World Youth Day Overview
The following overview has been prepared at the request of the Board of Directors of the corporation Catholic World Youth Day 2002 Council. It is intended to help explain the $38 million deficit resulting from World Youth Day 2002, and also to assist pastors and faithful in diocesan fundraising endeavours, following the apportionment of the deficit among all the episcopal corporations of Canada. As noted at the end of this overview, an audited financial statement on the event will be released to the public in the first part of 2003.
The World Youth Day (WYD) 2002 story began at the October 1998 Plenary Assembly of the Canadian Conference of Catholic Bishops (CCCB) held in Niagara Falls. Following a study commissioned by the 1997 Plenary Assembly, the Bishops of Canada in 1998 by an almost unanimous vote (with one abstention) agreed in principle that a request be made to the Holy See to hold WYD 2002 in Canada. The CCCB Permanent Council in November 1998 reviewed the matter and directed that a detailed consultation of all Canadian diocesan bishops be undertaken. At the same time, it appointed the four members of the Episcopal Committee to oversee the project. These were Most Reverend Anthony Meagher, then Auxiliary Bishop of Toronto and now Archbishop of Kingston; Thomas Collins, Archbishop of Edmonton; François Lapierre, P.M.É, Bishop of Saint-Hyacinthe; and James Wingle, then Bishop of Yarmouth and now Bishop of St. Catharines. The CCCB General Secretary, Msgr. Peter Schonenbach, was designated to staff the WYD Episcopal Committee, with the Permanent Council also deciding to have Toronto as the WYD venue.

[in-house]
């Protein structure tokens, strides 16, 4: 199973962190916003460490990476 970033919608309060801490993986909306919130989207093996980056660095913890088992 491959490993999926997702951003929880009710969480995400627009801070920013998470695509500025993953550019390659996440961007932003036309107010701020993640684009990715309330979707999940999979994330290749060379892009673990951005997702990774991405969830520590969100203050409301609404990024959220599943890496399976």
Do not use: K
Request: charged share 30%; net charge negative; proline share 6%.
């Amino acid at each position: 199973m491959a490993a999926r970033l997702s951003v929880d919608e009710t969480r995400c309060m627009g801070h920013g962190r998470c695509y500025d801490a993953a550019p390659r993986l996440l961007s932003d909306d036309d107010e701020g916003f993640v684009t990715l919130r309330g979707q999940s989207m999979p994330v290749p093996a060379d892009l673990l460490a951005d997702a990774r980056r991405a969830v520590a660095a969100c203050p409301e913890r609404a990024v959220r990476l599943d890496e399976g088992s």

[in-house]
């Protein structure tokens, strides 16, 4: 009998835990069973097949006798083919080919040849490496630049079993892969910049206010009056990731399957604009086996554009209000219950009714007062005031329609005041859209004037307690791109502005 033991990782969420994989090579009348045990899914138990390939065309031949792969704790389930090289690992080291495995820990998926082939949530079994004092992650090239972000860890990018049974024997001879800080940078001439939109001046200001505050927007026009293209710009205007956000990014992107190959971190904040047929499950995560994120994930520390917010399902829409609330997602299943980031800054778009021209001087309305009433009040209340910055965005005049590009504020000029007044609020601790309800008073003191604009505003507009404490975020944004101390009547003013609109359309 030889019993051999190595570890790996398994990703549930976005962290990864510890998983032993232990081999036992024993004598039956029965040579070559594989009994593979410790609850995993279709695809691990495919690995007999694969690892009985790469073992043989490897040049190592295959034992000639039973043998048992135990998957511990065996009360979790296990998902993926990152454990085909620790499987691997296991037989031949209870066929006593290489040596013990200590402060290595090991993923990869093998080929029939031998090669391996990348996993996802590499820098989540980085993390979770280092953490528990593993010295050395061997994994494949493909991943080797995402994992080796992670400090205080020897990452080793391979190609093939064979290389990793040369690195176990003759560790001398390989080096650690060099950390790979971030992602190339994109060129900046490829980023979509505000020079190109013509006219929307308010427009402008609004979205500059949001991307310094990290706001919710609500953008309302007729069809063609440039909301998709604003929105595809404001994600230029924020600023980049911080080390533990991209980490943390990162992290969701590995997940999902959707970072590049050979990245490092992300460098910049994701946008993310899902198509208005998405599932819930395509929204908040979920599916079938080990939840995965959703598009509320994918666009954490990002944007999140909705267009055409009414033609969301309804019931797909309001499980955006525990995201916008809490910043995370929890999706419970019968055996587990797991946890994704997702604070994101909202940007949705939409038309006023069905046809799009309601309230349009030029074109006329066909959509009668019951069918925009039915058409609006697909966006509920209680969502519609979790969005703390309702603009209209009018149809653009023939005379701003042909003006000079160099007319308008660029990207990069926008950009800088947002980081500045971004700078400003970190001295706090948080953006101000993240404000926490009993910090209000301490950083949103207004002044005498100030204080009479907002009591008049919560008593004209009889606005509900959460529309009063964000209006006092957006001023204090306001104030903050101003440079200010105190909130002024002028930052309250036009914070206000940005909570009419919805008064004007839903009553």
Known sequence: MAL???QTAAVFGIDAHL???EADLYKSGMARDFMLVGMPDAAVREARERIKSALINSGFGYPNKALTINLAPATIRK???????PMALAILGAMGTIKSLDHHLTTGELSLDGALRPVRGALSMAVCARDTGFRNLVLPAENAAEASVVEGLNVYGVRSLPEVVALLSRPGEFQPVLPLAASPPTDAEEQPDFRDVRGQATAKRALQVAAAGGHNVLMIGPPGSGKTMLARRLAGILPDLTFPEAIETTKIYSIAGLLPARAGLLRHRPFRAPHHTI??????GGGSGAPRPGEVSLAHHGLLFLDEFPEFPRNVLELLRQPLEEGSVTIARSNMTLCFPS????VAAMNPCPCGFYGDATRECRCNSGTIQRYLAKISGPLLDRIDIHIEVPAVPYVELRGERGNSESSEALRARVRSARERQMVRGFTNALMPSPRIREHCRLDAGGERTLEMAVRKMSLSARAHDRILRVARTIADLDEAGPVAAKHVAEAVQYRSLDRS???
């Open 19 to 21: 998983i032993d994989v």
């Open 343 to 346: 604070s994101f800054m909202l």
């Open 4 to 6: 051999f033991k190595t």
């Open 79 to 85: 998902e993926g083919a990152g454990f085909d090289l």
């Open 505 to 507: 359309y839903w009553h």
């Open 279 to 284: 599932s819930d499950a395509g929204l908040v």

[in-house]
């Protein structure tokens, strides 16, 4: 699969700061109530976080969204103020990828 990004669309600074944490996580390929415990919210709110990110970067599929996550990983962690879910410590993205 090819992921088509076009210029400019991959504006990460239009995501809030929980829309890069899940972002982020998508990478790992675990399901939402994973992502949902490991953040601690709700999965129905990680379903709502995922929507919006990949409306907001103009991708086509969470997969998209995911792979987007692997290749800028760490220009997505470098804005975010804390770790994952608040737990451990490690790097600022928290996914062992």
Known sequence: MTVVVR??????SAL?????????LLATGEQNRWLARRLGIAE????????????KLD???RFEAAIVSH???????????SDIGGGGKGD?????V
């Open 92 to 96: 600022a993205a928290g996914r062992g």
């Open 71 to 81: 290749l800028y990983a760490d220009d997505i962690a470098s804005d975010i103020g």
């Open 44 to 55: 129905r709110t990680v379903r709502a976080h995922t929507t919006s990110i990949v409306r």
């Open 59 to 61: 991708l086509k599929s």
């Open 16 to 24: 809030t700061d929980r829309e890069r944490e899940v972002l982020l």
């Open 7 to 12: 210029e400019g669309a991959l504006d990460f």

Upon favourable results from the consultation of Canadian diocesan bishops early in the new year, the request was sent to Rome on 26 February 1999. Steps were then taken to set up an incorporated body to be responsible for WYD 2002, with the letters patent granted on 27 May 1999. This present overview has been commissioned by the Board of Directors of the WYD corporation which includes the WYD Episcopal Committee.